Elevators and escalators are a common and everyday mode of transportation in multi-level buildings here in the United States. Millions travel on them every day but accidents do happen from time to time. If you or a family member have been injured in an elevator or escalator accident, call our Philadelphia personal injury attorneys for a free legal consultation.
Approximately 30 people are killed every year in elevator accidents. Some fall into the shaft when the doors open and they do not notice the elevator is not there. Others are trapped when a malfunction causes the doors to close notwithstanding a blocking body part and suffer amputations of arms or legs.
These accidents generally happen because of insufficient maintenance or inspection. A 2012 article written by Victor Fiorillo in Philadelphia Magazine found PA’s safety and inspection process for Philadelphia Elevators lacking. He had difficulty reaching the Elevator Inspection office in the Department of Labor & Industry’s Bureau of Occupational and Industrial Safety. And individuals interviewed expressed concerns that private contractors hired to do the twice a year inspection instead of the state were often negligent in the process.
There are about 10,000 escalator injuries and deaths a year in the United States. A significant number of which were caused by falls among young children and the elderly. The most likely age groups to be injured on an escalator are either the very young (kids five years old and under) or senior citizens (65 years and older).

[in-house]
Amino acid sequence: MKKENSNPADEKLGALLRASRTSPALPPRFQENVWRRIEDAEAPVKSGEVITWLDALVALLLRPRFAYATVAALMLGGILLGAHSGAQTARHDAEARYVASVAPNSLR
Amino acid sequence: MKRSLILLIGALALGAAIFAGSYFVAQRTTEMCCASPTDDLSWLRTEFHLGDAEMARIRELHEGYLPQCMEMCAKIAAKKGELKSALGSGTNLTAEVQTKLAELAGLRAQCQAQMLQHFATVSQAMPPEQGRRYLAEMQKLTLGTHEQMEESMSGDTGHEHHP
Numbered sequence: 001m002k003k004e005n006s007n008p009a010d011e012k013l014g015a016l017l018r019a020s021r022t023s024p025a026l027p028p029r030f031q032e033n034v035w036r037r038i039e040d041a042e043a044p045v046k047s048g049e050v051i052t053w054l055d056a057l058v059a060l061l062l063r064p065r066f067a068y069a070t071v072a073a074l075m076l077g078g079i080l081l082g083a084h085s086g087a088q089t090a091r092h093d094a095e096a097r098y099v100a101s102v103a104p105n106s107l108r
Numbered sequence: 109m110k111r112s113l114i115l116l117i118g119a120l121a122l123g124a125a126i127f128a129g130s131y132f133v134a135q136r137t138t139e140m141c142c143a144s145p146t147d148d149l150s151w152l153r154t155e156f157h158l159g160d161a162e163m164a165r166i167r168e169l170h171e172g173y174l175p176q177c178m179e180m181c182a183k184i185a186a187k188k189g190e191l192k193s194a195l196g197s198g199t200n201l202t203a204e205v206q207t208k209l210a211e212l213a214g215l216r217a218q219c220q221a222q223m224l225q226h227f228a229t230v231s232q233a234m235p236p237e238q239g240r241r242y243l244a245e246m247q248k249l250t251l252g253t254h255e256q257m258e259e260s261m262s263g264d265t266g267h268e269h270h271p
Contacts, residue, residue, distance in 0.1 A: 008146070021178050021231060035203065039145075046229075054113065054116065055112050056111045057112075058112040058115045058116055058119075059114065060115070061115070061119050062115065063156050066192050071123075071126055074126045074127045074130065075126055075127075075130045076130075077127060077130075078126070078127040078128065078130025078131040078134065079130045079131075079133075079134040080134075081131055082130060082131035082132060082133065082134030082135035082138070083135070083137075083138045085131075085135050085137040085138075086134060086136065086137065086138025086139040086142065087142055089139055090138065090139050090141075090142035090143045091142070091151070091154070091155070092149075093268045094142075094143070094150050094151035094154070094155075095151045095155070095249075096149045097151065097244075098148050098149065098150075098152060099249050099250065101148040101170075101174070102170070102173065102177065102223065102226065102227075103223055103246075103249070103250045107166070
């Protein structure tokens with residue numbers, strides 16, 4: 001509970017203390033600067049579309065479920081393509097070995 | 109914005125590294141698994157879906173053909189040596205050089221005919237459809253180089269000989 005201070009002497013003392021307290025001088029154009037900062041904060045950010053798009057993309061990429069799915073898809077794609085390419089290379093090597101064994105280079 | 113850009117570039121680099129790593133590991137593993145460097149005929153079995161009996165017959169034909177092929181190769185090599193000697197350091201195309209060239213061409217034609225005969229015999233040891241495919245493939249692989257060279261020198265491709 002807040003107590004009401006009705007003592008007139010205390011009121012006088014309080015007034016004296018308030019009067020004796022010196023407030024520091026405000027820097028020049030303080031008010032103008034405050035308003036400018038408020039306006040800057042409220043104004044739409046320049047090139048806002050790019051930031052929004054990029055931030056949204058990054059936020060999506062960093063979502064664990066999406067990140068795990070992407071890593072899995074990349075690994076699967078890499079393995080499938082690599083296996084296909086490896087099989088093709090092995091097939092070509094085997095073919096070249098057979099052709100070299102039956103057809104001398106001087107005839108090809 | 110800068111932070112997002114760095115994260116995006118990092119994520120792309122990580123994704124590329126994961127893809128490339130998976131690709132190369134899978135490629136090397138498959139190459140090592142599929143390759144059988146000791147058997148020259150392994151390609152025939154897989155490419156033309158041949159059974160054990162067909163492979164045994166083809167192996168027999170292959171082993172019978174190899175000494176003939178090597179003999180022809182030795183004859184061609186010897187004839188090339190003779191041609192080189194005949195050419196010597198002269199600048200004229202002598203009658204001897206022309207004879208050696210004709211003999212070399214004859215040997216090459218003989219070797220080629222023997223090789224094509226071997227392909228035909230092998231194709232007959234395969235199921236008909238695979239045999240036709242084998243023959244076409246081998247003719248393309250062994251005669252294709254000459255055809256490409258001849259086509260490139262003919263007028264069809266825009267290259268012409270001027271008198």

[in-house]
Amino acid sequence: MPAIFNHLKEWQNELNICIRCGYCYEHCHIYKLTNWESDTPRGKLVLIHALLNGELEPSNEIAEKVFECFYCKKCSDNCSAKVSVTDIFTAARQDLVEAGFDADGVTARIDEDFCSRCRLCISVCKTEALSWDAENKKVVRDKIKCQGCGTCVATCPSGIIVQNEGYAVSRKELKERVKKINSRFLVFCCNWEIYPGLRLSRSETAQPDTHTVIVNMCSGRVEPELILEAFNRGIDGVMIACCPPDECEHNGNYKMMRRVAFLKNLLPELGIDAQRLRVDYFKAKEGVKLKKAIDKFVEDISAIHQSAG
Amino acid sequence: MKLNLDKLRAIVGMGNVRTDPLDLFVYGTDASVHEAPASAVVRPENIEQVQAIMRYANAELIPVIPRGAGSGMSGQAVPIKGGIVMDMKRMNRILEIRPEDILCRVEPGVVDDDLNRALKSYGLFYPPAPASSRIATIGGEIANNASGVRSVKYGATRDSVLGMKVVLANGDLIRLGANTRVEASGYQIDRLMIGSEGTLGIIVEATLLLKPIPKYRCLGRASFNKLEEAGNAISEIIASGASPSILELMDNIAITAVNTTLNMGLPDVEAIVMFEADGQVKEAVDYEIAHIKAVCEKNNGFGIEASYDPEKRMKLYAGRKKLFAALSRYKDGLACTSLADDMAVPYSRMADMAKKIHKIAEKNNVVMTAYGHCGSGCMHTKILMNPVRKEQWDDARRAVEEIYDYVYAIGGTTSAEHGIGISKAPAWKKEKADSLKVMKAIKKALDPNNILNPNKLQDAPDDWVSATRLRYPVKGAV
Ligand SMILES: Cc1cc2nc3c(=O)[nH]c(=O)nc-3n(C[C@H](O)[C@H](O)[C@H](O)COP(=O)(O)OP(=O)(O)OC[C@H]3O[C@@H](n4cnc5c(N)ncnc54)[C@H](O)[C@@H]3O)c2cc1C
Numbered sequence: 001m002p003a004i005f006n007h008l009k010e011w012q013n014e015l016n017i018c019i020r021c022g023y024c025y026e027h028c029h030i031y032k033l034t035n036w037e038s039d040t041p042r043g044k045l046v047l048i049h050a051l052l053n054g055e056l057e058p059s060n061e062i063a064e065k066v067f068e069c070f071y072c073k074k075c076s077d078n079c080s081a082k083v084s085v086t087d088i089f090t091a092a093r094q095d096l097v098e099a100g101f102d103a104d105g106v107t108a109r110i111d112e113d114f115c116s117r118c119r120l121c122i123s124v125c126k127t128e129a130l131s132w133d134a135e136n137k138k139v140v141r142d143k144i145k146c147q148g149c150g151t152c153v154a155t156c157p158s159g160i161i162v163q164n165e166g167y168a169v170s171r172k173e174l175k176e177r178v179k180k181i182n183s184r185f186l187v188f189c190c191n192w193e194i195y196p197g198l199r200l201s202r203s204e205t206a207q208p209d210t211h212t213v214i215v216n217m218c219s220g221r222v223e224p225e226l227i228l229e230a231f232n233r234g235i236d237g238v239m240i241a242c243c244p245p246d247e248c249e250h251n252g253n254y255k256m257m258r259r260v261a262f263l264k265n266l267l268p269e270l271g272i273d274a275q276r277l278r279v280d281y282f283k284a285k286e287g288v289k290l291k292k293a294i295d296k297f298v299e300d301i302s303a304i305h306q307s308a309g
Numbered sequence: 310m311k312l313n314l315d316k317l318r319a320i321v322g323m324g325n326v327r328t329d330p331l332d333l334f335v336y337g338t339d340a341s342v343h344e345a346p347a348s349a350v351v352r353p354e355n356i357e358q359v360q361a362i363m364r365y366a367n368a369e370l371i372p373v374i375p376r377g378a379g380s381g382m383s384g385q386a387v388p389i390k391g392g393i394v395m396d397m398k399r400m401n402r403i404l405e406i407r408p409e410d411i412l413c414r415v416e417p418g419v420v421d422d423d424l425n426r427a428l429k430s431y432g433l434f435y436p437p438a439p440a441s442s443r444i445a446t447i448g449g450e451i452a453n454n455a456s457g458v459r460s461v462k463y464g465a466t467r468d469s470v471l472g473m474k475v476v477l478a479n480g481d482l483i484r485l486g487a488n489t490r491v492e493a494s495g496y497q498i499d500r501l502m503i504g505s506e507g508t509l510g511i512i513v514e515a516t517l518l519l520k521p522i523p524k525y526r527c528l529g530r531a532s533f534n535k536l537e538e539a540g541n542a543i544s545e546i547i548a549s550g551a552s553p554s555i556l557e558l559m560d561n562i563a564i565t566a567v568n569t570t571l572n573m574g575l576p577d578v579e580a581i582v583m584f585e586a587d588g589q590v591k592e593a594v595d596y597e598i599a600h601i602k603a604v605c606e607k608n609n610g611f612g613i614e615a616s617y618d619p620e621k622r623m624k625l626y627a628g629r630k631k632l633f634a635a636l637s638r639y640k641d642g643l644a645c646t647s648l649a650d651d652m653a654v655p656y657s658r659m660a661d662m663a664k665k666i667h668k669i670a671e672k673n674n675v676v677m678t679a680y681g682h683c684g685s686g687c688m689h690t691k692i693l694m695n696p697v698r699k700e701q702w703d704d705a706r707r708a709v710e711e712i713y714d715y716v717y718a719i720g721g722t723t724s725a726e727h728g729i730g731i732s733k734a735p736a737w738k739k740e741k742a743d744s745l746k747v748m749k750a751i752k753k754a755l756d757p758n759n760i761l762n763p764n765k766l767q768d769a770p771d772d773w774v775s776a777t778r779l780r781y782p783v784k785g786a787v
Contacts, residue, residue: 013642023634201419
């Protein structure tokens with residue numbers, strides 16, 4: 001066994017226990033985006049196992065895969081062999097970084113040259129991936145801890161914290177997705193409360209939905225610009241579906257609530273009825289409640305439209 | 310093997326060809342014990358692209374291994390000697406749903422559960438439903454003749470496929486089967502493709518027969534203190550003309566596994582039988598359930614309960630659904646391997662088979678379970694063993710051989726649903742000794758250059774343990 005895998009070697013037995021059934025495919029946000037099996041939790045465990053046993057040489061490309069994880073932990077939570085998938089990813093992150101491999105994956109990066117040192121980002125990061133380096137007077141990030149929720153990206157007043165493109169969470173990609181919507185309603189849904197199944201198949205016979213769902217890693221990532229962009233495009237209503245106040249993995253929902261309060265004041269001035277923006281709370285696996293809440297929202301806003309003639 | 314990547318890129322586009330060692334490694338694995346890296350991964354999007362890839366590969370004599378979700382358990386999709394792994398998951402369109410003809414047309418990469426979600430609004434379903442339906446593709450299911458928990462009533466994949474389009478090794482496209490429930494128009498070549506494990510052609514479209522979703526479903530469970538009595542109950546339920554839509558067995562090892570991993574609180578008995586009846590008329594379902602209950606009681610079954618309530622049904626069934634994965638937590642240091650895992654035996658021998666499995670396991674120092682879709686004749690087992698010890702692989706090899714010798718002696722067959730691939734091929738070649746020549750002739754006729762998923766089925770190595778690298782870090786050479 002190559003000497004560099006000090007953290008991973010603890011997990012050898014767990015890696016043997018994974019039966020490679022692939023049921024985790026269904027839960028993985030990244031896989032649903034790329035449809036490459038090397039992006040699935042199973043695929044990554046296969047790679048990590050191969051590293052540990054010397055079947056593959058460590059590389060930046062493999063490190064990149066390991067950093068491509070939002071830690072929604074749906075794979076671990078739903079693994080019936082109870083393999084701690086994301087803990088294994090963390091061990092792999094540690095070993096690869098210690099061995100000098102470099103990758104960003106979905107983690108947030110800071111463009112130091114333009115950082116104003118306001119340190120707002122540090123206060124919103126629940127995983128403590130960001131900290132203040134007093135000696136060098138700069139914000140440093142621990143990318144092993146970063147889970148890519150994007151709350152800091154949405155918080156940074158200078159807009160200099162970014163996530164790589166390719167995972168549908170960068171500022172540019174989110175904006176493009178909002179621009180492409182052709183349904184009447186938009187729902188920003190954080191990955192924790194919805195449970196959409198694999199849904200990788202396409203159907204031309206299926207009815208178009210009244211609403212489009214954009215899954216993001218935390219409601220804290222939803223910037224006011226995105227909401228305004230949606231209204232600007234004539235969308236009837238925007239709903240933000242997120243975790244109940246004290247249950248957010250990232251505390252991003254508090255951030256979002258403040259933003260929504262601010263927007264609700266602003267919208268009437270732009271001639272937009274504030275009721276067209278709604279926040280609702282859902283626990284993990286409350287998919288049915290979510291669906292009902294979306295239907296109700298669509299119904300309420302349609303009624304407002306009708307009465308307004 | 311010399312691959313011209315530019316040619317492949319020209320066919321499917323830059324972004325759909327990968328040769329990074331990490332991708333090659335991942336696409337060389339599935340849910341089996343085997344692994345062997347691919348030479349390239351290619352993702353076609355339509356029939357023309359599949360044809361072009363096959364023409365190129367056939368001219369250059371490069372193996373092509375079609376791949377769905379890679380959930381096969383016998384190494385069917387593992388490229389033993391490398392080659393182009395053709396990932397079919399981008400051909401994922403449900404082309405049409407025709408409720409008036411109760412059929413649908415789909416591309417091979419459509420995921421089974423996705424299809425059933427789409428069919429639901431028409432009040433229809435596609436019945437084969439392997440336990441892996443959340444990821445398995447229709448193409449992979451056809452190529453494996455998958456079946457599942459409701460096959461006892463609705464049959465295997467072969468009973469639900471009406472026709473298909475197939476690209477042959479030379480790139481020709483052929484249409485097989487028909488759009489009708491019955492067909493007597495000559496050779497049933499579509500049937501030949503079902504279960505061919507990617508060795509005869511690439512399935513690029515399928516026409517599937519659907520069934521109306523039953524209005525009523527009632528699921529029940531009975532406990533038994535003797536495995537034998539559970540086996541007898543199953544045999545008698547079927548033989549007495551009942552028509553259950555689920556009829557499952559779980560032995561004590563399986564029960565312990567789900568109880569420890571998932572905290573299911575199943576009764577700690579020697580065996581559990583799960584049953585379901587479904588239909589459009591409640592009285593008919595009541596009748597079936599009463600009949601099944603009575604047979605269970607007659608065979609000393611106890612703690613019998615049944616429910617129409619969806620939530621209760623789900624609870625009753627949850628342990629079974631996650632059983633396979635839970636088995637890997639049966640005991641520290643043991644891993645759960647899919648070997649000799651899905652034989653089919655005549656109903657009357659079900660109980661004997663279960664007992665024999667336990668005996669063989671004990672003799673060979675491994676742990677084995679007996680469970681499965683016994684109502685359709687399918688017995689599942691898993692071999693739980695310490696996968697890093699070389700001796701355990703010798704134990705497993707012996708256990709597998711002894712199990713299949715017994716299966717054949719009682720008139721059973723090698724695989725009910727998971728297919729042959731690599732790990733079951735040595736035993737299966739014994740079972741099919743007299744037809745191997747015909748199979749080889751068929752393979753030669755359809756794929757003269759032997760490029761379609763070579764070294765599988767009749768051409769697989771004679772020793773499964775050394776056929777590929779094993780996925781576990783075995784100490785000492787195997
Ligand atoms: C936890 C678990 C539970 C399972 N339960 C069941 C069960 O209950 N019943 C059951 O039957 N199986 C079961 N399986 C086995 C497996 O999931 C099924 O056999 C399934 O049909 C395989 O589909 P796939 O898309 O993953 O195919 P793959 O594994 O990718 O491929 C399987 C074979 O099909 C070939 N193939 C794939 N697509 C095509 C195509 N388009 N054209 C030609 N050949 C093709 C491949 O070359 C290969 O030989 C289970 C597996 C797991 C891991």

The majority of adult men injured on escalators have head and neck injuries. The majority of women are treated for damage to their lower extremities. Among the more common types of injuries are falling over the handrail or entrapments that lead to the amputation of legs and toes.
The industry has not done nearly enough in terms of escalator construction, design and inspection in order to remedy the injuries that have been observed on them. Escalators are manufactured under voluntary standards developed by the American Society of Mechanical Engineers.
Who can you sue for this type of accident?
An improper design or design defect may render them responsible for the incident.
Property Manager or Maintenance Company
These parties can be held responsible if they failed to maintain or inspect the item or component parts, failed to warn that it was not working properly, or failure to follow other laws and regulations governing elevator and escalator operation.
The Property Owner
The injured may also be able to sue the property under a theory of premises liability. This legal theory holds owners responsible for maintaining a safe environment for their guests. The owner of a property may owe different duties to invitees, licensees and trespassers under the law.